Exterior of the U.S. Supreme Court Building in Washington, D.C.

Yacobucci Weighs In on Supreme Court’s Hearing on Abortion Rights


Peter Yacobucci, Buffalo State College associate professor of political science and public administration, has studied the U.S. Supreme Court extensively.

On May 18, he shared his expertise with WBEN-AM 930 regarding the highest court’s decision to revisit its 1973 landmark case Roe v. Wade, which protects a woman’s right to an abortion before fetus viability, or the point at which a fetus can survive outside the womb.

After a long delay, the justices decided they will hear Dobbs v. Jackson Women’s Health Organization, a case generated out of Mississippi, when they reconvene in the fall. The state recently passed a law banning nearly all abortion procedures after 15 weeks. Jackson Women’s Health Organization, the only licensed abortion facility in the state, sued to overturn the law. A district court and a federal appeals court said the law was unconstitutional, prompting Mississippi’s appeal to the Supreme Court.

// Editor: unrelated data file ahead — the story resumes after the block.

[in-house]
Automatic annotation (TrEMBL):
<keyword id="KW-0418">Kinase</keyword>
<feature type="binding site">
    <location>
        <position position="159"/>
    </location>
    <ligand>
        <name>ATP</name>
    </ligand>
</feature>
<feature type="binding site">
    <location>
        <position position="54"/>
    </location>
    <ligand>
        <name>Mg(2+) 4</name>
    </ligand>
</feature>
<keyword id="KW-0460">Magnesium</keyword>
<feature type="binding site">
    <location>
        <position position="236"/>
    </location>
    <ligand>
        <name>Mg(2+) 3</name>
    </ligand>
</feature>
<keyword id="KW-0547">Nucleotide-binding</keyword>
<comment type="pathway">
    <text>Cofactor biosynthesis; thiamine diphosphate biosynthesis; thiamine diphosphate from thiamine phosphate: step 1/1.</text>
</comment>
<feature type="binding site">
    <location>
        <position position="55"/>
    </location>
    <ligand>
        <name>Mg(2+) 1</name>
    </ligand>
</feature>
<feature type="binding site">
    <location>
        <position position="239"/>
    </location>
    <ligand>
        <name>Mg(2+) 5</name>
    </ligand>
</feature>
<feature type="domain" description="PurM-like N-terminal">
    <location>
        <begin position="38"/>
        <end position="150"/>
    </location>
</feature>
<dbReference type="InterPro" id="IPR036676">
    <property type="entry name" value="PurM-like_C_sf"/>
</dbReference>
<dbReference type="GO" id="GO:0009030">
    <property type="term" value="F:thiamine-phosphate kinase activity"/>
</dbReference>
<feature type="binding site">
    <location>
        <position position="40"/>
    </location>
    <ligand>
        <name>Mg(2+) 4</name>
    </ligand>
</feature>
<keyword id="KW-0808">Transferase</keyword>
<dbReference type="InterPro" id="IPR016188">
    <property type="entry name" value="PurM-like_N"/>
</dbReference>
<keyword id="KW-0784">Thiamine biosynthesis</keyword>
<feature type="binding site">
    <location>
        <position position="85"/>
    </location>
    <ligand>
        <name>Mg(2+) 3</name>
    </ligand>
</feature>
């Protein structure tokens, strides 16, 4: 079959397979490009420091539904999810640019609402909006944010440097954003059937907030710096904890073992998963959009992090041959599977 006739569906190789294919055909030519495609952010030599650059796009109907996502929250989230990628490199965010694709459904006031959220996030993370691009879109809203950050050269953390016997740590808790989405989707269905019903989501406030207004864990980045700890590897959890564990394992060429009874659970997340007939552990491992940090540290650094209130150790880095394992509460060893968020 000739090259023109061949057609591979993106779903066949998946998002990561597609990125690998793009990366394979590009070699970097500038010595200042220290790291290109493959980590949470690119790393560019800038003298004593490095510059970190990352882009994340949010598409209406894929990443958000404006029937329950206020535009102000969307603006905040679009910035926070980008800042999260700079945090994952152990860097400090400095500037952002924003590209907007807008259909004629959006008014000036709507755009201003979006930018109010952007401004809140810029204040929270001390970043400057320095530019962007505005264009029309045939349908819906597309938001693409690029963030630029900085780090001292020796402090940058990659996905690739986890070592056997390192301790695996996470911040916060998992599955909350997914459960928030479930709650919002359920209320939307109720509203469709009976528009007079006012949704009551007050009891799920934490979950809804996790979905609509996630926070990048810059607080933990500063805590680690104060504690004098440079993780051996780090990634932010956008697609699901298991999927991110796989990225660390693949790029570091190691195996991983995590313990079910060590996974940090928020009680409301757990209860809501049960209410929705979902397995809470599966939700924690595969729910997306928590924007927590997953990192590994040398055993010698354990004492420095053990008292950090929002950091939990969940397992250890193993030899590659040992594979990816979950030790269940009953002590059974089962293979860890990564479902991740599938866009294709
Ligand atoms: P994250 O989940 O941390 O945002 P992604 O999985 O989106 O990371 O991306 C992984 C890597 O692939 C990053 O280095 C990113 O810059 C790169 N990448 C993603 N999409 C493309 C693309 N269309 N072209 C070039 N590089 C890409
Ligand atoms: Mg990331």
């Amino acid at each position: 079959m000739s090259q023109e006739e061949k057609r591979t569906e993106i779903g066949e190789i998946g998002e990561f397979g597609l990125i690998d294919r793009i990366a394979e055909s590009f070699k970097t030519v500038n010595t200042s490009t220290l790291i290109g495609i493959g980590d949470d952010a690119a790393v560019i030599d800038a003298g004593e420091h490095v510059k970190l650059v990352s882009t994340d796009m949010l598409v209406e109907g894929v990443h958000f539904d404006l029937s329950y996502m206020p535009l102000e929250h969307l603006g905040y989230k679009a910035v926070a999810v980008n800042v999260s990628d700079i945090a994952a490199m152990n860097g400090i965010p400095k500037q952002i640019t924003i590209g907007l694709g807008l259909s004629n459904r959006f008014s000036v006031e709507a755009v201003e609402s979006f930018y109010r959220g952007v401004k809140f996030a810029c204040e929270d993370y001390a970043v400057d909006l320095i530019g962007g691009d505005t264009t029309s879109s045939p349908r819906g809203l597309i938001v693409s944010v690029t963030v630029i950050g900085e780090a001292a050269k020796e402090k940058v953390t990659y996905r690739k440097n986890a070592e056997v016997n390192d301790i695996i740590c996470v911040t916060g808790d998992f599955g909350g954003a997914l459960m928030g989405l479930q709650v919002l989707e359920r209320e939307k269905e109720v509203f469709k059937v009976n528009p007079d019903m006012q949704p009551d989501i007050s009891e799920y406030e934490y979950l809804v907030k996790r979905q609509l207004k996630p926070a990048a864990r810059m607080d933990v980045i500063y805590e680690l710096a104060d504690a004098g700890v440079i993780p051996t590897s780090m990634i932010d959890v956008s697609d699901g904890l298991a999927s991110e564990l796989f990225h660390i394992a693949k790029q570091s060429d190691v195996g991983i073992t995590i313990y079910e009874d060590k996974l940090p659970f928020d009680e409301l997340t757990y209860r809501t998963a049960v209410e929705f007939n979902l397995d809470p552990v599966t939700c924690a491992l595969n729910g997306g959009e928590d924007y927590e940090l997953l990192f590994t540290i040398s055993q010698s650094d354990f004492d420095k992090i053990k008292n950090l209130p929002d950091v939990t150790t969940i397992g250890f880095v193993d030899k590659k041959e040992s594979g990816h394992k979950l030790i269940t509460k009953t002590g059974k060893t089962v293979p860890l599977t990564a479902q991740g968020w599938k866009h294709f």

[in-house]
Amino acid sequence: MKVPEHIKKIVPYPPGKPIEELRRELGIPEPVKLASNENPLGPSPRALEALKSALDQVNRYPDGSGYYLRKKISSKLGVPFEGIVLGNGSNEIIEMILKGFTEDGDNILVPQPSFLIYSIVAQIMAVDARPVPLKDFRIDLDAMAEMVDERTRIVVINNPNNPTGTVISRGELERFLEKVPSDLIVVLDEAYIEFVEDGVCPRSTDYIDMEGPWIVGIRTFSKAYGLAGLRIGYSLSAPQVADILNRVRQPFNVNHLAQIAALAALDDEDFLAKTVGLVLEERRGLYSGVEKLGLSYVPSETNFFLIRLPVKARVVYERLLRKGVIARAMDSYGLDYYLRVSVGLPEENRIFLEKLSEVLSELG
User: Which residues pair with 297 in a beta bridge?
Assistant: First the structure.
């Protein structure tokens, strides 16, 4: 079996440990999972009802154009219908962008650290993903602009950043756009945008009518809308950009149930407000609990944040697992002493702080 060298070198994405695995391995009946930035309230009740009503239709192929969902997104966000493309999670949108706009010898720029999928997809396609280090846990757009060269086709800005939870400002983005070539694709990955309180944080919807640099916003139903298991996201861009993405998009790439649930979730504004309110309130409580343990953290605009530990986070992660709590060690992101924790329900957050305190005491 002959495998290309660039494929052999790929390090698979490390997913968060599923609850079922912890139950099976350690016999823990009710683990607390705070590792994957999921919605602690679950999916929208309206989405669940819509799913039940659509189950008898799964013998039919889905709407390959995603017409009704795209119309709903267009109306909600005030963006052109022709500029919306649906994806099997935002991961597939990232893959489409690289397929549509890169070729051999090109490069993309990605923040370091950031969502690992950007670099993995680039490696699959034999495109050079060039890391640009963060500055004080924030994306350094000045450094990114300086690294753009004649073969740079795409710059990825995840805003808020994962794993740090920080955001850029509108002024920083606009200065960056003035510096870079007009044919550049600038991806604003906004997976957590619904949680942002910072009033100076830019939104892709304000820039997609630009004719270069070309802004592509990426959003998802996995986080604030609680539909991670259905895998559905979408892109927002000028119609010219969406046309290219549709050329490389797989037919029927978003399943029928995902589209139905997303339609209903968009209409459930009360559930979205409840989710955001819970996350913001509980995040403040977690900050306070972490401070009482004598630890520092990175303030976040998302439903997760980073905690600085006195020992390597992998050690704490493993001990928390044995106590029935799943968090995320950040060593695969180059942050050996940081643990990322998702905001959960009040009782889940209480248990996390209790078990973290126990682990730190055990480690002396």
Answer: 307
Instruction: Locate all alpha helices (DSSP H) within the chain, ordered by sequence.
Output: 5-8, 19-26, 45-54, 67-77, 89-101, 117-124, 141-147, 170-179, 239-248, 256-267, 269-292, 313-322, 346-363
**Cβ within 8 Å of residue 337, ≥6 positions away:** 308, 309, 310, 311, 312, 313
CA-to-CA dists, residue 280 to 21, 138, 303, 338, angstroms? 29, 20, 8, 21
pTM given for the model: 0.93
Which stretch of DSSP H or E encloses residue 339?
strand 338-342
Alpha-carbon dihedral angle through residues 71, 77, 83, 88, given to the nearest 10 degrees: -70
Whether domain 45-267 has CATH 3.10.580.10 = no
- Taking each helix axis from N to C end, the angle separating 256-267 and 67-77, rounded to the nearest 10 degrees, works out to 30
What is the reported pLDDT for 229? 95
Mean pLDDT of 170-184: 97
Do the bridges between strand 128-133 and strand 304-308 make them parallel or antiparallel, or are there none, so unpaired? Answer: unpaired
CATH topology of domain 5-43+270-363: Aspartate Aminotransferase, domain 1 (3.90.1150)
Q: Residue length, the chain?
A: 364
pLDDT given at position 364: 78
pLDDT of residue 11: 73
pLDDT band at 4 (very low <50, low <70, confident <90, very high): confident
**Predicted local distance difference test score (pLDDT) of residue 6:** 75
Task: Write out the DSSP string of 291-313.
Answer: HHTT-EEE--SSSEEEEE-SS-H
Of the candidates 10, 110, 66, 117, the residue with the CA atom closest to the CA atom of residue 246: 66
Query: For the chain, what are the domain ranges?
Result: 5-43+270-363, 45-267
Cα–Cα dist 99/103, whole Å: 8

This is a direct challenge to the “undue burden” standard established by Planned Parenthood v. Casey in 1992, in which the Supreme Court maintained that states can restrict abortion rights as long as they do not pose an undue burden on the woman before the fetus reaches viability, Yacobucci explained.

He added that the makeup of the Supreme Court has changed since conservative anti-abortion justice Amy Coney Barrett replaced abortion rights justice Ruth Bader Ginsburg, who died in September 2020. When asked if the Supreme Court’s decision to review the issue means that Roe v. Wade could be overturned, Yacobucci said it’s possible but not a given.

“There are political implications for overturning this decision,” he said. “Its politics are different than our elected branches, but the Supreme Court is a political entity nevertheless.”

He pointed to a recent Pew Research Center poll indicating that 60 percent of Americans support abortion rights in all or most situations.

“This percentage has remained remarkably consistent this entire century,” he said. “Many members of SCOTUS will be reluctant to overturn Roe with such a national opinion. This isn’t because of their devotion to Roe’s holding, but fear of the damage it would do to the court’s ability to render future judgments.”